Yellow-cedar (Chamaecyparis nootkatensis (D. Don) Spach) forests of coastal British Columbia are apparently experiencing decline in a manner similar to that observed in southeastern Alaska. In this pilot study, we collect tree-ring data from live and standing dead yellow-cedar trees from four declining sites on the North Coast of British Columbia. We use this data to compare growth patterns at our sites to those of yellow-cedar trees at non-declining and declining sites in southwestern British Columbia and southeastern Alaska and, in addition, to assess the possibility of reconstructing yellow-cedar population dynamics in declining stands using dendrochronology. We found coherent growth patterns (i.e. marker years and periods of suppression) among yellow-cedar chronologies from non-declining and declining sites across a broad geographic range as well as unique growth patterns between our chronologies from declining sites and those from declining sites in nearby Alaska. Using outer-ring dates of increment cores, we were able to estimate time since death of decade- to century-old standing dead yellow-cedar trees, although the precision of the estimates was influenced by partial cambial mortality and erosion of outer rings. Our results provide baseline dendrochronological information that will be useful for planning future studies that assess growth-climate relations and reconstruct the long-term population dynamics of yellow-cedar in declining stands.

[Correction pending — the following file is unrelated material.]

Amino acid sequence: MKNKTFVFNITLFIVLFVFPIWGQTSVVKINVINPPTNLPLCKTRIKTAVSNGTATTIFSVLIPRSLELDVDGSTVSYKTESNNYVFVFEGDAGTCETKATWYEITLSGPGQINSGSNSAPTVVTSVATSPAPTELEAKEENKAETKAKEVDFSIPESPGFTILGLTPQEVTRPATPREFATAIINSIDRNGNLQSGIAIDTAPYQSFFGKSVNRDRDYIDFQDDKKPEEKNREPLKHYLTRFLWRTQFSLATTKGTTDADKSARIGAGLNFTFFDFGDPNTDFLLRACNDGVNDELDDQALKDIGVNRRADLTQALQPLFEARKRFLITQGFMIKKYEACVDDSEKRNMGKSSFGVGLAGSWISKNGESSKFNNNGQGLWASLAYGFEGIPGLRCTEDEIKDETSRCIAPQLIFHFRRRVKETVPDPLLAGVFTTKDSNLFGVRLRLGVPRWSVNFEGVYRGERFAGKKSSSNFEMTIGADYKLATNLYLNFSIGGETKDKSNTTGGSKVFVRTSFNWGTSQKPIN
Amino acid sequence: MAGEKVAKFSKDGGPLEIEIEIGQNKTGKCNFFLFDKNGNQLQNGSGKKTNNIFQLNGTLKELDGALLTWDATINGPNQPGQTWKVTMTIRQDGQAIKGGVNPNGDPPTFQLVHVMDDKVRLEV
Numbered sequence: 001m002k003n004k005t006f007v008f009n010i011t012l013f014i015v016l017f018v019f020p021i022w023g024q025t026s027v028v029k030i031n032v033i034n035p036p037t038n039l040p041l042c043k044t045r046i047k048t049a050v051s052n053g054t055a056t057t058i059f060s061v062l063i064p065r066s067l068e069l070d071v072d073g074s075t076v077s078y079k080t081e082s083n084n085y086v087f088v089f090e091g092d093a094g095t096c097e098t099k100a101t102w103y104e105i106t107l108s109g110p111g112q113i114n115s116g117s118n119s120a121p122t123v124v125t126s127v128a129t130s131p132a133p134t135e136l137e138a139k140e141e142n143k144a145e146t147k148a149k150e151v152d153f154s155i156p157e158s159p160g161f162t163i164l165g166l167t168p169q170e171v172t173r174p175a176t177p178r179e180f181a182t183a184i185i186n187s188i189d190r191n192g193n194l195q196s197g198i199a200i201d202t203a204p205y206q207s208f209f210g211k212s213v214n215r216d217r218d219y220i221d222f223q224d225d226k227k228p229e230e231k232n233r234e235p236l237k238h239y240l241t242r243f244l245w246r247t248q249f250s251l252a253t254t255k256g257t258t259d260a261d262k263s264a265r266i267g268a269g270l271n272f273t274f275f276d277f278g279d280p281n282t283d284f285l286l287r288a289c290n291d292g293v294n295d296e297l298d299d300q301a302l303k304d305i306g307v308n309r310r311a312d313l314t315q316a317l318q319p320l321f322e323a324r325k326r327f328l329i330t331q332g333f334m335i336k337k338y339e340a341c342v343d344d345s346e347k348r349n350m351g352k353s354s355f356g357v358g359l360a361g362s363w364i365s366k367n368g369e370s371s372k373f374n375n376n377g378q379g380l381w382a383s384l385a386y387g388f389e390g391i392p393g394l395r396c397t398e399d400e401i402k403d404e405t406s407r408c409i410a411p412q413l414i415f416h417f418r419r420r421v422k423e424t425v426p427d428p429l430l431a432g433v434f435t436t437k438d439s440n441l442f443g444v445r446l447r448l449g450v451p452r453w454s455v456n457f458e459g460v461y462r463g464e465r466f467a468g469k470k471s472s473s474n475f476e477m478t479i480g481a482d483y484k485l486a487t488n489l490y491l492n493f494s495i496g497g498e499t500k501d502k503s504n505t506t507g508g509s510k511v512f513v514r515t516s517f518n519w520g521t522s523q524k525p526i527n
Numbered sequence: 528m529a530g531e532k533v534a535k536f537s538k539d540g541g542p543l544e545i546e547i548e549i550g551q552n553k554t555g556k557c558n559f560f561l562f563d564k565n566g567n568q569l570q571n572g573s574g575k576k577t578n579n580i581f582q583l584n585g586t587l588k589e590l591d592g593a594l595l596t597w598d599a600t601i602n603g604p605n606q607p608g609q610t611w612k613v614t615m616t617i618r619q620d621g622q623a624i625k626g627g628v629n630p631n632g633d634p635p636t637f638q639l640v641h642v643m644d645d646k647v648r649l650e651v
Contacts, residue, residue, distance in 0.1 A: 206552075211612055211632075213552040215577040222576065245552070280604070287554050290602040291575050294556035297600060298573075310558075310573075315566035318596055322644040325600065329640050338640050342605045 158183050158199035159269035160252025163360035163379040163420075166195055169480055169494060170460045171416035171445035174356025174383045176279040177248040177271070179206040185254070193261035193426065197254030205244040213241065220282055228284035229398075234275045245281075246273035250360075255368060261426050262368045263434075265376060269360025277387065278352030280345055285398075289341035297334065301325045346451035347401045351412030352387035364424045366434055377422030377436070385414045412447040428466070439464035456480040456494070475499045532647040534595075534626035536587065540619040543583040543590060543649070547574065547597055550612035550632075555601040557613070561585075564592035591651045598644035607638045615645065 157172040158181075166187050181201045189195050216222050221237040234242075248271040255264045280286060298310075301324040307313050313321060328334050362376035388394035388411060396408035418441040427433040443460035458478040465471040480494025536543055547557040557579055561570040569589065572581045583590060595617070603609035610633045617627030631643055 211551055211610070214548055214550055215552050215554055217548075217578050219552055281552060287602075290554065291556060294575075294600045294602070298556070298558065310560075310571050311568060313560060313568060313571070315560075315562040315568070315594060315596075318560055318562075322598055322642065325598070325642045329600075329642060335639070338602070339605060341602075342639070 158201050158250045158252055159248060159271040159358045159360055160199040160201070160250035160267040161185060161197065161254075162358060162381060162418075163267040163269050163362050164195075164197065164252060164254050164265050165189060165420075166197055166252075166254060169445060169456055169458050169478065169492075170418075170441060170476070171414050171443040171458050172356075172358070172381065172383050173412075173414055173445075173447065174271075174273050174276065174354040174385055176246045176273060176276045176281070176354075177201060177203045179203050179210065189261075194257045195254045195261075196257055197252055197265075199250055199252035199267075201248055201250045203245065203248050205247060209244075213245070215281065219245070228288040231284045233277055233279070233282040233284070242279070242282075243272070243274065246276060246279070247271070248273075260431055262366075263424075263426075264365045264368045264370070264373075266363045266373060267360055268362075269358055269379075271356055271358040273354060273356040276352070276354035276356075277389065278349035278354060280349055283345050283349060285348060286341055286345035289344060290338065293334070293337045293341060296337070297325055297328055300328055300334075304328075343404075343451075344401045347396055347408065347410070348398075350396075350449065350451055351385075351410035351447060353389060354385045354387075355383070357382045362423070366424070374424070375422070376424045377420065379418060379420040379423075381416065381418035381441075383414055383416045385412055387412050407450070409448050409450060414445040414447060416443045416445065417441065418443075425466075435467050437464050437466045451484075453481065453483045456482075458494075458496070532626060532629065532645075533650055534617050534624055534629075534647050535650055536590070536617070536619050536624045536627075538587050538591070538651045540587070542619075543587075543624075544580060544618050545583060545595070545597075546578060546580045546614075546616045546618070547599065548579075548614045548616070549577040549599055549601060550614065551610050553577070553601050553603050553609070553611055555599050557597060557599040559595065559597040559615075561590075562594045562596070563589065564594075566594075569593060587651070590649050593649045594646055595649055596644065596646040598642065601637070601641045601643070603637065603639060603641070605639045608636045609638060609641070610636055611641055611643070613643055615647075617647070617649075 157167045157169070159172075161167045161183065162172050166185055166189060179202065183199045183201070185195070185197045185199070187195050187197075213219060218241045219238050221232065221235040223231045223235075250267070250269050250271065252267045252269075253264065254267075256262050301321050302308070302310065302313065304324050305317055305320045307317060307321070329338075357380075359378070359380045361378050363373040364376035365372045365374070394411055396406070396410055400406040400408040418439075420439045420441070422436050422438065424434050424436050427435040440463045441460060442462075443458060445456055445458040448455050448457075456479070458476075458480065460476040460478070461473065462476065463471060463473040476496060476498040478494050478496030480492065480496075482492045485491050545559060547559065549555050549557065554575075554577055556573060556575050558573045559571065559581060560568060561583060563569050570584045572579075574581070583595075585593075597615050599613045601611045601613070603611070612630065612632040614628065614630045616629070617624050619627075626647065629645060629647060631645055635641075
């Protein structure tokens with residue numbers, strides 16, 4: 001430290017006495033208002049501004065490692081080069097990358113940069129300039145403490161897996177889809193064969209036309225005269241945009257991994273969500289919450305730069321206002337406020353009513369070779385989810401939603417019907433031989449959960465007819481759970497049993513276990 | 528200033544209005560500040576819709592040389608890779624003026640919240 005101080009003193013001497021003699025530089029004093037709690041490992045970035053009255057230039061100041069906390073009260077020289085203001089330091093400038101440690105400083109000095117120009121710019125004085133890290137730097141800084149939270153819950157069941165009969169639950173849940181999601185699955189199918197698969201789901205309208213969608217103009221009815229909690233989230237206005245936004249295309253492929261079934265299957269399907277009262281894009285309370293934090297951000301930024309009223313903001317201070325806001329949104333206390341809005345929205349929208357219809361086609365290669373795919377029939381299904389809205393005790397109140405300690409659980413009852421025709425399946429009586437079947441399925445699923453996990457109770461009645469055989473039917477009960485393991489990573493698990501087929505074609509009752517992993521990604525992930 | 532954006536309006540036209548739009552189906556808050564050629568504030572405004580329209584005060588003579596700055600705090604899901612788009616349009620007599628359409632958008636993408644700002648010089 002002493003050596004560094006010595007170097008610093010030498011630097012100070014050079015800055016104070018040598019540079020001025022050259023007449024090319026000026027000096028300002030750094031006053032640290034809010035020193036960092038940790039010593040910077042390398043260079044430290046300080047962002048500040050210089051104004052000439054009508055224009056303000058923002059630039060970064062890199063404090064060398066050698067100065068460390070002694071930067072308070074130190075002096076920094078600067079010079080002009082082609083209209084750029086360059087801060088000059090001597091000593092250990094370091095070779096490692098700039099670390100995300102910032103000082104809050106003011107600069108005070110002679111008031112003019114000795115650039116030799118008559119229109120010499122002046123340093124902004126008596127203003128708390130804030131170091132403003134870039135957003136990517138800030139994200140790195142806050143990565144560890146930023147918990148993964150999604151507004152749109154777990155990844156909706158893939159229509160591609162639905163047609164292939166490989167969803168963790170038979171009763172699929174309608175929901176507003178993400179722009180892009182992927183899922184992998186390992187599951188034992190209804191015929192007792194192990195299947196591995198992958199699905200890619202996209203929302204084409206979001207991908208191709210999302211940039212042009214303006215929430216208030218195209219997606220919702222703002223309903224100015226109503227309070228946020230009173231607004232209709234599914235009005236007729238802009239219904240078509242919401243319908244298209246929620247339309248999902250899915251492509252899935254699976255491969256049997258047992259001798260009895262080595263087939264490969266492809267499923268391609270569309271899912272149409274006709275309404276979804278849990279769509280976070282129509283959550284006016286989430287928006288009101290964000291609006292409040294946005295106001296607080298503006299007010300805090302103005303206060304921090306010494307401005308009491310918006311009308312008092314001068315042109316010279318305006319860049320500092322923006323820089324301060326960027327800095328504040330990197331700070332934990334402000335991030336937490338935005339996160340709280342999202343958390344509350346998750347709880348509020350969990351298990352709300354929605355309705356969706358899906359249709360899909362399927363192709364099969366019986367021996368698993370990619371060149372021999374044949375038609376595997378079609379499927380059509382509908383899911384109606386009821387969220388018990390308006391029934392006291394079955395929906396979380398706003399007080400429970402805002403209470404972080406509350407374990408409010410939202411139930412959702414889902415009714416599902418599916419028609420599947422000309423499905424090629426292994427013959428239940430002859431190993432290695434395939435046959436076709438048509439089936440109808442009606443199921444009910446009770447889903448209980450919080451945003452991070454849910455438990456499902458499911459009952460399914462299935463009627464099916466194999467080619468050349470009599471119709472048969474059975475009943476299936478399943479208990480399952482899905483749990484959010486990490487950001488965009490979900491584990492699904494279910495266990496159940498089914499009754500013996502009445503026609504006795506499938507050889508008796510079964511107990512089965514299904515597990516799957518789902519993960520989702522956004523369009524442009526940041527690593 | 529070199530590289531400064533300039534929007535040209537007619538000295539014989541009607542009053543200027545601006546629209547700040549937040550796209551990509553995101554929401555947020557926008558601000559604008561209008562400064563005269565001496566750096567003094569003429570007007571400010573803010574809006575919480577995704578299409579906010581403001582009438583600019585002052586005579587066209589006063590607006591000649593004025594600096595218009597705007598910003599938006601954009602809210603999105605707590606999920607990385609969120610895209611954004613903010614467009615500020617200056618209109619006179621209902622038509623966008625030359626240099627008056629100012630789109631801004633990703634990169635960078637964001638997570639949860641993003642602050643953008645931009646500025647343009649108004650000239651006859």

You have requested a machine translation of selected content from our databases. This functionality is provided solely for your convenience and is in no way intended to replace human translation. Neither BioOne nor the owners and publishers of the content make, and they explicitly disclaim, any express or implied representations or warranties of any kind, including, without limitation, representations and warranties as to the functionality of the translation feature or the accuracy or completeness of the translations.
Translations are not retained in our system. Your use of this feature and the translations is subject to all use restrictions contained in the Terms and Conditions of Use of the BioOne website.